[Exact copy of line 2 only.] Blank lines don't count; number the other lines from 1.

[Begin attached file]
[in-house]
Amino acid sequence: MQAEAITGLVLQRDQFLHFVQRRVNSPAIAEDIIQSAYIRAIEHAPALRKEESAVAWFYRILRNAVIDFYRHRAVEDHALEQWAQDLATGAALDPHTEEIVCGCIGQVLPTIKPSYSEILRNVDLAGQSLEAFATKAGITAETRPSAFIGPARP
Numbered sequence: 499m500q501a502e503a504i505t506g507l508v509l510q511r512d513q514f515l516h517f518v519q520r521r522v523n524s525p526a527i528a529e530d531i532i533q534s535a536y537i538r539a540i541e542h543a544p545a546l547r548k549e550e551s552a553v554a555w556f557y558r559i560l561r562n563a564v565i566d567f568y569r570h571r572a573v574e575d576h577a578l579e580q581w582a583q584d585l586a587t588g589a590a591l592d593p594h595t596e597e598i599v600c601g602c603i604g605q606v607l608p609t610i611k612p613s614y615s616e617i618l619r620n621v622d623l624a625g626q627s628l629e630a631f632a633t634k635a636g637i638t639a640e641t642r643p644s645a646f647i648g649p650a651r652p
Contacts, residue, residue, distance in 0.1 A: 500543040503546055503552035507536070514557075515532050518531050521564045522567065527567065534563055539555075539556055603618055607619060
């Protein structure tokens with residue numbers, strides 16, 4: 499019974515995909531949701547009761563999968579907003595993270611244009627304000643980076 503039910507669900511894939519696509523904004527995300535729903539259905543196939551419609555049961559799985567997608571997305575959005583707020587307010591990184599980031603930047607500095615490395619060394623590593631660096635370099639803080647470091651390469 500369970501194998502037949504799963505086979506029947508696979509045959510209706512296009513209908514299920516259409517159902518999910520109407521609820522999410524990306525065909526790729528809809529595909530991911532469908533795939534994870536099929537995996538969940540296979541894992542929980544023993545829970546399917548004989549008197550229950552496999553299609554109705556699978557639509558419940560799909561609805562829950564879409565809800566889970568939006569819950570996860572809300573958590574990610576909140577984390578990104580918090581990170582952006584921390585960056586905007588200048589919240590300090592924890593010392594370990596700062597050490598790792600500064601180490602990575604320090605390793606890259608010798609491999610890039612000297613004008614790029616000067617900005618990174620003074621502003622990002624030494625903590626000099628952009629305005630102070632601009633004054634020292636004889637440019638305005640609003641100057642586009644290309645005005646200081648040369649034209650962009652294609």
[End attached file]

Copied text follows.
Amino acid sequence: MQAEAITGLVLQRDQFLHFVQRRVNSPAIAEDIIQSAYIRAIEHAPALRKEESAVAWFYRILRNAVIDFYRHRAVEDHALEQWAQDLATGAALDPHTEEIVCGCIGQVLPTIKPSYSEILRNVDLAGQSLEAFATKAGITAETRPSAFIGPARP